PT - JOURNAL ARTICLE
AU - Harwood, Mark R.
AU - Mezey, Laura E.
AU - Harris, Christopher M.
TI - The Spectral Main Sequence of Human Saccades
AID - 10.1523/JNEUROSCI.19-20-09098.1999
DP - 1999 Oct 15
TA - The Journal of Neuroscience
PG - 9098--9106
VI - 19
IP - 20
4099 - http://www.jneurosci.org/content/19/20/9098.short
4100 - http://www.jneurosci.org/content/19/20/9098.full
SO - J. Neurosci.1999 Oct 15; 19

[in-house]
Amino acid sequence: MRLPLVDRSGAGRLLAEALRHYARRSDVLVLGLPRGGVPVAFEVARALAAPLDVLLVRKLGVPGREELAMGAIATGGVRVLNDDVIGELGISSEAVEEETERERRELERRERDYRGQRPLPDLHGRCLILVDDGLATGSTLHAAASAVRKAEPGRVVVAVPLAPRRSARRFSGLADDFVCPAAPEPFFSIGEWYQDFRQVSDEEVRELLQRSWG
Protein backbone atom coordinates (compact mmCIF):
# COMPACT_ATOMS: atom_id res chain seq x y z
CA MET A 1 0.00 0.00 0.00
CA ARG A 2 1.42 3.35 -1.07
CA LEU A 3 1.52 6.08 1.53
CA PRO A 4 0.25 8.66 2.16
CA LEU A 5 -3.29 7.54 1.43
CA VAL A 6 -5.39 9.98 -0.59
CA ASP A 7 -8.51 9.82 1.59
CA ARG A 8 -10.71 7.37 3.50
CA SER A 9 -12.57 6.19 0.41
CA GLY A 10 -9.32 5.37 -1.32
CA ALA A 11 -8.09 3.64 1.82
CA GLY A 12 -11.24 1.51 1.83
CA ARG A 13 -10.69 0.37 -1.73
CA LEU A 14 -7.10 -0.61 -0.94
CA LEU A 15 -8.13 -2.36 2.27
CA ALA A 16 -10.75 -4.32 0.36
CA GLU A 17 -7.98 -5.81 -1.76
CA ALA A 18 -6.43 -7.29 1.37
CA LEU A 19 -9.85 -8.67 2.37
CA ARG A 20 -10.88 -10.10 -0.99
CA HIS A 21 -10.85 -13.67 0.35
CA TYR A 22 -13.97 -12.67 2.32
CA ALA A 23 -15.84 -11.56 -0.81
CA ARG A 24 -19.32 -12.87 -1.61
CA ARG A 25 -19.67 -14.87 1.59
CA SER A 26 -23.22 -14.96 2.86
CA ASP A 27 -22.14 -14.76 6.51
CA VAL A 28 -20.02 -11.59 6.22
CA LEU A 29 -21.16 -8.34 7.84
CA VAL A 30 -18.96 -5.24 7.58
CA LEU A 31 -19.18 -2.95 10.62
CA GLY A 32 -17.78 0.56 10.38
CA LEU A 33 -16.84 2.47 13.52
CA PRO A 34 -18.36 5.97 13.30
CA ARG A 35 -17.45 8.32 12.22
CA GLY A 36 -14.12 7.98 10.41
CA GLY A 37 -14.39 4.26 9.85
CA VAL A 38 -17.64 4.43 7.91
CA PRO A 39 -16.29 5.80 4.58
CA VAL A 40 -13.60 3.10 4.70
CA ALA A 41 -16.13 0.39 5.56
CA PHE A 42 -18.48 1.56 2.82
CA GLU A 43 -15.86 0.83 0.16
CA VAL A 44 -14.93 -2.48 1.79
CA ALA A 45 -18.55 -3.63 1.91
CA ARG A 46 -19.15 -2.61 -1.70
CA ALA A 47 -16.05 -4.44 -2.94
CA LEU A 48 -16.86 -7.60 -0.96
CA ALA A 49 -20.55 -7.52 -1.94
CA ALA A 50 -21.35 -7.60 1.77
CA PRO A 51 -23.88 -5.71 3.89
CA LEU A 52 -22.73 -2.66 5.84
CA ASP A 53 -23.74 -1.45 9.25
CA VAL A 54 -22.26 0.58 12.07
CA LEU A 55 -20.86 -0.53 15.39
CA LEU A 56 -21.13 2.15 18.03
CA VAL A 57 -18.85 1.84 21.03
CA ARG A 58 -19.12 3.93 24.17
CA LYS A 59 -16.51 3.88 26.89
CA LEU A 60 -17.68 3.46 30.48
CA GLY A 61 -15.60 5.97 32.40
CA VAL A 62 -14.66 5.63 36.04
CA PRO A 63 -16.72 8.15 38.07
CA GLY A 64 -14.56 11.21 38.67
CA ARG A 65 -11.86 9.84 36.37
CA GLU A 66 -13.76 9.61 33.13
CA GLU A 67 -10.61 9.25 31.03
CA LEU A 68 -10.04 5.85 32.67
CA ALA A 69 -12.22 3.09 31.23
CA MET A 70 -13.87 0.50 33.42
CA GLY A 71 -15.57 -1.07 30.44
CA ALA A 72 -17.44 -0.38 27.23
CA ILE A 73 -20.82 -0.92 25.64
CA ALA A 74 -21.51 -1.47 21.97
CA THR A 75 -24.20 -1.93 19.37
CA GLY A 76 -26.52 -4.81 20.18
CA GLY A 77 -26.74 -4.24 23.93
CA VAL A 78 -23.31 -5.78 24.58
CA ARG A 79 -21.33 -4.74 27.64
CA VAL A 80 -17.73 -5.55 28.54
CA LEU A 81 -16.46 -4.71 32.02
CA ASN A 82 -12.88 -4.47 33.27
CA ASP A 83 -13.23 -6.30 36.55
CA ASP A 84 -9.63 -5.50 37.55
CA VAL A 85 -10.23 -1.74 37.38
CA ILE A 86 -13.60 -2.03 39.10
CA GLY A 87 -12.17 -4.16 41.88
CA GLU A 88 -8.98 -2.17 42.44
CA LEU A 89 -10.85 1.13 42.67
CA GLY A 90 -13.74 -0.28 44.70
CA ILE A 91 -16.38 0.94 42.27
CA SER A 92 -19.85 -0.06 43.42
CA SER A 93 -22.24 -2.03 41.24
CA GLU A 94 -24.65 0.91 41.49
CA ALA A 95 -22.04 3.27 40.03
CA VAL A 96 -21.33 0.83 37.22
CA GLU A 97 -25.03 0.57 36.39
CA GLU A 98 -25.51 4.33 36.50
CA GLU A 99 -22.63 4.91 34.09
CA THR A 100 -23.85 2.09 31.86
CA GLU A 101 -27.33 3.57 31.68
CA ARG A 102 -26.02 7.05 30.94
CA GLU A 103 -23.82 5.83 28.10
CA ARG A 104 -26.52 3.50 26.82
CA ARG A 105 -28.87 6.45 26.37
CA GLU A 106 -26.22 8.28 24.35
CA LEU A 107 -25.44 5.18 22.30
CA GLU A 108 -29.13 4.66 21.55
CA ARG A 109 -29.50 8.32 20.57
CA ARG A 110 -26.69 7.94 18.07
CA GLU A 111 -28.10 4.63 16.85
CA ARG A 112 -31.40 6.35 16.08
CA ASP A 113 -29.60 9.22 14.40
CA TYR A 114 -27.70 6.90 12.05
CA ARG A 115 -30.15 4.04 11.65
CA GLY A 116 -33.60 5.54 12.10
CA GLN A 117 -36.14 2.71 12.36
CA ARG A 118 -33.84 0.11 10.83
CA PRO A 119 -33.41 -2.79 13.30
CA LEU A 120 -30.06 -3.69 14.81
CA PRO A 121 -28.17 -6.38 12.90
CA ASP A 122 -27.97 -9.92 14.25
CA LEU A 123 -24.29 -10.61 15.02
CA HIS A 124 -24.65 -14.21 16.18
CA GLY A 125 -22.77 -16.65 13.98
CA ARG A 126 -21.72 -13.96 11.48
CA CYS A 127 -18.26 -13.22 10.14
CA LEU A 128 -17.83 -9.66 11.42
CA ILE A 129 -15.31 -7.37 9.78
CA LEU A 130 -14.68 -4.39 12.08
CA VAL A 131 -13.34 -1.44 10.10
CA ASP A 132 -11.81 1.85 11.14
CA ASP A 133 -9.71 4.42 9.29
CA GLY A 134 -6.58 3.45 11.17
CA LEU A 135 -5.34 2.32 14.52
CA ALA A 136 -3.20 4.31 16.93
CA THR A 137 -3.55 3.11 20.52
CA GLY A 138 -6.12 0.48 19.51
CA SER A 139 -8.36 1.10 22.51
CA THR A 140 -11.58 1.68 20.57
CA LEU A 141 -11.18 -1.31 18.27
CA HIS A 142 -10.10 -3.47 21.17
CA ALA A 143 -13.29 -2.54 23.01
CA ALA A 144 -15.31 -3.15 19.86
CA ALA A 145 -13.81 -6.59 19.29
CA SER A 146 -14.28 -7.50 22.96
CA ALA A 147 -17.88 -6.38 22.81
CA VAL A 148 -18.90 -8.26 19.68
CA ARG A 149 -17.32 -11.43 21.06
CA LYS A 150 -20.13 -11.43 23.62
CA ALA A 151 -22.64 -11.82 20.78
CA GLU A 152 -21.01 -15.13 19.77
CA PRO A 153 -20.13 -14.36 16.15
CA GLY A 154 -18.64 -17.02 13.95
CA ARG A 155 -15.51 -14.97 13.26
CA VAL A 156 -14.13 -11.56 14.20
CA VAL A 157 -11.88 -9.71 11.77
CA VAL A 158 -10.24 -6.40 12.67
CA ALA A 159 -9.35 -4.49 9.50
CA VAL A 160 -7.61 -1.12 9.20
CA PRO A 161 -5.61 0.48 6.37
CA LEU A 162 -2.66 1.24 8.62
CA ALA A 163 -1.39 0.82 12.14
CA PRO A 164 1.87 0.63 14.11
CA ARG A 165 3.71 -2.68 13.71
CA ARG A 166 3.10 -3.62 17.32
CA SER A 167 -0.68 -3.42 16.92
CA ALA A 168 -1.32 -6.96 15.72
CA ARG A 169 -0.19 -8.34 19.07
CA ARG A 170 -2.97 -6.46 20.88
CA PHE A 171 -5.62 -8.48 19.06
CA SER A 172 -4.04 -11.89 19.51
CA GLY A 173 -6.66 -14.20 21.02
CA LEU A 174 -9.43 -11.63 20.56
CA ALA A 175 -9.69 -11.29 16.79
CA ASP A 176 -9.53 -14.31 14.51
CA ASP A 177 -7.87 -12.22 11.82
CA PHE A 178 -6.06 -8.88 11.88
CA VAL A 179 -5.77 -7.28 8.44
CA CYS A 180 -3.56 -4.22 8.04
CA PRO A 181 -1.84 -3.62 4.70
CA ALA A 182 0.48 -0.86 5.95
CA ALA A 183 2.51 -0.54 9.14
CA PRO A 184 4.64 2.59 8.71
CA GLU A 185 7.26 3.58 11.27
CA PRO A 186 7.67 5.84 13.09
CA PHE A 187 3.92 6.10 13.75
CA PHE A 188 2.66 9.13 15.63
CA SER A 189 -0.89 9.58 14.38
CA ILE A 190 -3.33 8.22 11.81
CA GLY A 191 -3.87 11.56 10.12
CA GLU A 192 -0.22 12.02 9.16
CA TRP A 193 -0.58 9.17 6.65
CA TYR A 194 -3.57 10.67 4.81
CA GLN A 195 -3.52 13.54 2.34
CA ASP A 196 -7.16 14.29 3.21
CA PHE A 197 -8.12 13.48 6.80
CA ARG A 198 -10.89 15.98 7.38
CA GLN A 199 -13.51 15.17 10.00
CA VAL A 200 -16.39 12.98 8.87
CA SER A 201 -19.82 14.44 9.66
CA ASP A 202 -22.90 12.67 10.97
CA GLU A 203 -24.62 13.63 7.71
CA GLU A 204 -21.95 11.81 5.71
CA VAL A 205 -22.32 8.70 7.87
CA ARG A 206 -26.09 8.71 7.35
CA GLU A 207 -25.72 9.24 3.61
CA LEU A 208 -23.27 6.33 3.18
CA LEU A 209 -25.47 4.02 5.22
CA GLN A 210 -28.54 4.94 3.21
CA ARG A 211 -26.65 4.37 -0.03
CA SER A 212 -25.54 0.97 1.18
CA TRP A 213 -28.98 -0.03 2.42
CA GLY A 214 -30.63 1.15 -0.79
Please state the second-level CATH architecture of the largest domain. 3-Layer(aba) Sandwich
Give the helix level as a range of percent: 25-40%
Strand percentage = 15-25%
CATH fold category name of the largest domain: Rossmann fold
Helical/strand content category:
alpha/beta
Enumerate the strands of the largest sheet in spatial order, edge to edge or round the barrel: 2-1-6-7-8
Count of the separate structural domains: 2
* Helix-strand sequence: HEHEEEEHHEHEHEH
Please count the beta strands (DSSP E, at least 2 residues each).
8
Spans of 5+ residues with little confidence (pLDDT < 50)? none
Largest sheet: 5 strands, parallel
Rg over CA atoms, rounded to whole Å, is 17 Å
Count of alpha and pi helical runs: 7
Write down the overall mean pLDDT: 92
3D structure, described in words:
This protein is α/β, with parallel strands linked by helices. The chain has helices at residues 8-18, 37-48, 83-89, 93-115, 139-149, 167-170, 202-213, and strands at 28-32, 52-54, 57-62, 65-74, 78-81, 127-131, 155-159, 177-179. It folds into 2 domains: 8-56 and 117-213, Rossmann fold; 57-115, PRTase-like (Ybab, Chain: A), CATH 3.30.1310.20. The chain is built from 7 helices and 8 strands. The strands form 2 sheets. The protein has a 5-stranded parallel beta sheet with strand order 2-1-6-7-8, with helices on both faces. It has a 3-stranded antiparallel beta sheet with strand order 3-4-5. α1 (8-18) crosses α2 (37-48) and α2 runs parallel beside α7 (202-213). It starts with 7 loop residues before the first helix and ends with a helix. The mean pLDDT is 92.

AB - Despite the many models of saccadic eye movements, little attention has been paid to the shape of saccade trajectories. Some investigators have argued that saccades are driven by a rectangular “bang-bang” neural control signal, whereas others have emphasized the similarity to fast arm movement trajectories, such as the “minimum jerk” profile. However, models have not been tested rigorously against empirical trajectories. We examined the Fourier transforms of saccades and compared them with theoretical models. Horizontal saccades were recorded from 10 healthy subjects. The Fourier transform of each saccade was accurately computed using a padded fast Fourier transform (FFT), and the frequencies of the first three minima (M1, M2, M3) in each energy spectrum were measured to a precision of 0.12 Hz. Each subject showed near-linear trends in the relationships among M1, M2, and M3 and the reciprocal of duration (1/T), which we call the “spectral main sequence.” Extrapolation of plots did not pass through the origin, indicating a subtle departure from self-similarity. Bivariate confidence regions were established to allow for slope-intercept variability. The nonharmonic relationships seen cannot arise from a rectangular saccadic pulse driving a linear ocular plant. The relationships are also incompatible with minimum acceleration, minimum jerk, or higher-order minimum square derivative trajectories. The best fits were made by trajectories that minimize postmovement variance with signal-dependent noise (Harris and Wolpert, 1998). It is concluded that the spectral main sequence is exquisitely sensitive to the saccade trajectory and should be used to test objectively all present and future models of saccades.